Whether you are a seller preparing your home for sale, a homeowner who wants to properly maintain your house, a savvy realty agent who wants to understand how a professional home inspector views houses, or a home buyer, reading “The Inspector’s Guide: Prepare Your House for Sale” by Bob Reemsnyder will be profitable reading.
The author is an experienced professional home inspector who has conducted several thousand inspections. He has discovered virtually every home inspection situation by crawling under houses, climbing into attics, and even finding unexpected “guests” such as mice, rats, raccoons, snakes and spiders where they aren’t supposed to be.
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This easy-reading book is aimed primarily at home sellers who are preparing their residences for sale. Reemsnyder advises having a professional home inspection before listing the home for sale so the seller knows what the buyer’s professional inspector will discover.
The author recommends fixing easily correctable defects but perhaps leaving the expensive problems for negotiation with the buyer.
The basic theme of the book is preparing your home for sale to get top dollar. Along the way, Reemsnyder offers profitable tips such as painting rooms with water stains where the source has been corrected. He also advises not bringing up past house history, such as when the basement flooded but the problem has been eradicated.
Especially valuable are the dozens of photos of possible problems, many of which the home seller might not recognize because the homeowner has become accustomed to the situation.
Examples include dry rot due to moisture, damage caused by squirrels, correctable roof problems, stairway dangers and improperly installed insulation.
“It is better to have major problems resolved prior to the home inspection, or at the very least, have readily available solutions at hand, than to have the home inspector be the first to identify potential problems,” Reemsnyder wisely advises home sellers.
Along the way, the author shares many examples from his professional inspection experiences. One which he titles “Attack of the angry seller” explains how an elderly seller’s husband cursed the author for entering the house without permission, although the wife had welcomed him a few minutes earlier.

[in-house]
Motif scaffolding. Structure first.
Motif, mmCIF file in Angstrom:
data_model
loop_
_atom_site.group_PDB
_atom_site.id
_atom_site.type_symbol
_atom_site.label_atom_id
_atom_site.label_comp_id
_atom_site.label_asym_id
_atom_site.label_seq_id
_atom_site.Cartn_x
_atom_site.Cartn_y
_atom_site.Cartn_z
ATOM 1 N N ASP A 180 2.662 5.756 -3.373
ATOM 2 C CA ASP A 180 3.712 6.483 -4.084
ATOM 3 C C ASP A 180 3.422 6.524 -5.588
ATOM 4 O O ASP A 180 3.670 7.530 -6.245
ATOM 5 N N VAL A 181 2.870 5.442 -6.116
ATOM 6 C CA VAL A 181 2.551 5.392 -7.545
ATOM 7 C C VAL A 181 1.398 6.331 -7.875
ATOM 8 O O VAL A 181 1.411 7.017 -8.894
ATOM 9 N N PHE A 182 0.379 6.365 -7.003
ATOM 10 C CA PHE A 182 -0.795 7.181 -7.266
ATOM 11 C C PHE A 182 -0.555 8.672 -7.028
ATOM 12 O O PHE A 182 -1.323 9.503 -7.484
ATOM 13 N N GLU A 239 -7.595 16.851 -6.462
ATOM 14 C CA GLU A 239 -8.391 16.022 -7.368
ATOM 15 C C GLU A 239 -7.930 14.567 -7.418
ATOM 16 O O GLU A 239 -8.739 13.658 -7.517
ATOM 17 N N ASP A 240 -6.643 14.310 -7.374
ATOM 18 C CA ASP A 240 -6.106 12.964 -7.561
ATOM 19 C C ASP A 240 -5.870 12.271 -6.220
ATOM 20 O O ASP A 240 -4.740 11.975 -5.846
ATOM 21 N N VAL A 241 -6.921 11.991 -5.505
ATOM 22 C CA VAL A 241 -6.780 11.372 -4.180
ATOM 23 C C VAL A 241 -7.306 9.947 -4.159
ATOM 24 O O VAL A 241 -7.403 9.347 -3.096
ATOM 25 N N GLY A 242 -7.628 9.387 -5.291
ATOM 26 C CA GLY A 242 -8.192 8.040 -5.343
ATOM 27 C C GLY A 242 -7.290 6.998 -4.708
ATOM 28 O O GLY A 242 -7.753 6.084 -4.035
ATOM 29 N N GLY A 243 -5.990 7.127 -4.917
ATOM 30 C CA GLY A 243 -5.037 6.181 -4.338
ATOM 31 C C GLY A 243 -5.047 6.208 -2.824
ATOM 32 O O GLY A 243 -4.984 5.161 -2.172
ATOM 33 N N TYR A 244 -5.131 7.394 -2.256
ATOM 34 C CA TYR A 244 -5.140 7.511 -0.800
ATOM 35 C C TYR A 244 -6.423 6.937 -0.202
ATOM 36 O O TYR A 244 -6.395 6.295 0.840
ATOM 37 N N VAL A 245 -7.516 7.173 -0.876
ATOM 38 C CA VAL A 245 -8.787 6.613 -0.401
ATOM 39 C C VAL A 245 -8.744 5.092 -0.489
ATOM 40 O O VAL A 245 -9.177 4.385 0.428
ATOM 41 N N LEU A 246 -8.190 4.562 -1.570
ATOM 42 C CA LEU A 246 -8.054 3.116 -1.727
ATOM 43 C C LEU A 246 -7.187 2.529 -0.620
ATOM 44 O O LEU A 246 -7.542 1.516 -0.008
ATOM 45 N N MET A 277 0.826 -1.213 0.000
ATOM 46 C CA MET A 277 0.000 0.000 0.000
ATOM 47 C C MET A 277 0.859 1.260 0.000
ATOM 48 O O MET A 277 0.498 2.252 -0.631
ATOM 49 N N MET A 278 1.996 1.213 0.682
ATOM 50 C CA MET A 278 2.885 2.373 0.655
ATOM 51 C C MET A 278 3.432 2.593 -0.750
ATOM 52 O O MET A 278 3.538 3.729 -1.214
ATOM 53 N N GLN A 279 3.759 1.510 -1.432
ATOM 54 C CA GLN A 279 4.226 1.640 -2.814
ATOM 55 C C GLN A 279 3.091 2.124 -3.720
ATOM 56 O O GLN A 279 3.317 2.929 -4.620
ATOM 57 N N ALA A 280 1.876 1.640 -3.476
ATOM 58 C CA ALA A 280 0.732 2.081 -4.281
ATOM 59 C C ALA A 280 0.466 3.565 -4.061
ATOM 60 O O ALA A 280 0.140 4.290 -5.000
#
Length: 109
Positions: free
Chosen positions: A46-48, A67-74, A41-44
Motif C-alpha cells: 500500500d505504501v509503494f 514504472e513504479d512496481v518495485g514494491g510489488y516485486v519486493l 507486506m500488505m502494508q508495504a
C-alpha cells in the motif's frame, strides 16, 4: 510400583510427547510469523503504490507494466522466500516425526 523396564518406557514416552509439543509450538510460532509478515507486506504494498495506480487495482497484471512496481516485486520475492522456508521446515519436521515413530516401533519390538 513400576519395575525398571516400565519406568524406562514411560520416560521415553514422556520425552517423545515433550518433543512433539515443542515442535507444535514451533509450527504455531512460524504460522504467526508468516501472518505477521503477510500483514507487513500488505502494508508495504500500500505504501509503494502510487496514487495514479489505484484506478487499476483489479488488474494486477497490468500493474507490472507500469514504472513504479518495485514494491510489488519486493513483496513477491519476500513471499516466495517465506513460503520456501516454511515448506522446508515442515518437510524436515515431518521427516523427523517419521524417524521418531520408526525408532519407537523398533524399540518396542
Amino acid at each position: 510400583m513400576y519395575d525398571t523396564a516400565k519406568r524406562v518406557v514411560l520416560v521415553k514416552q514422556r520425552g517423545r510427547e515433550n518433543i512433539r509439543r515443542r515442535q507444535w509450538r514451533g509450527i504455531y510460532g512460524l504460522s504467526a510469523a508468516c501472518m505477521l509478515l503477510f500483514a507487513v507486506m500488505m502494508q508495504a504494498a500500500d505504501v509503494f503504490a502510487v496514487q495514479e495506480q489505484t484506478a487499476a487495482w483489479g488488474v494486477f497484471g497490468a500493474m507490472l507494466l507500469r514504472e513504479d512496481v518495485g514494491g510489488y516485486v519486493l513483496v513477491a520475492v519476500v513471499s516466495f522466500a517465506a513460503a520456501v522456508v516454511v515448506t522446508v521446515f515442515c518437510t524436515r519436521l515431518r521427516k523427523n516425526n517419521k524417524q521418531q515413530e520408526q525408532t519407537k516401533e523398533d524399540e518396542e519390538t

In other examples, Reemsnyder emphasizes how sellers often make poor decisions, such as not having all house areas easily accessible, turning off the utilities, and even claiming dirty well water, which came back from a lab test positive for fecal bacteria, was perfectly safe.
The book’s best chapter is “Questions frequently asked by home buyers.” The author reveals the most common questions he is asked by home buyers (who he encourages to attend since they are paying for his inspection). Not only does Reemsnyder list these top buyer questions he encounters, but he tells home sellers how to anticipate and prevent them from becoming “deal killers.”
Chapter topics include “What You Should Know About Home Inspections”; “The Outdoors”; “The Indoors”; “The Utilities”; “Special Considerations”; “Tips and Suggestions”; and “The Next Step.” The superb Appendix includes a professional inspection checklist and approximate repair and improvement costs for frequently encountered home defects.
This book explains in easy-to-understand detail what professional home inspectors look for during their two- to three-hour inspections. The author encourages pre-listing inspections because they give home sellers the opportunity to anticipate and fix problems that their buyer’s inspector will surely discover. On my scale of one to 10, this outstanding home inspection guide rates a solid 10.
“The Inspector’s Guide: Prepare Your House for Sale,” by Bob Reemsnyder (Lyons Press-Globe Pequot Press, Guilford, CT), 2005, $14.95, 141 pages; Available in stock or by special order at local bookstores, public libraries and www.amazon.com.
(For more information on Bob Bruss publications, visit his
Real Estate Center).
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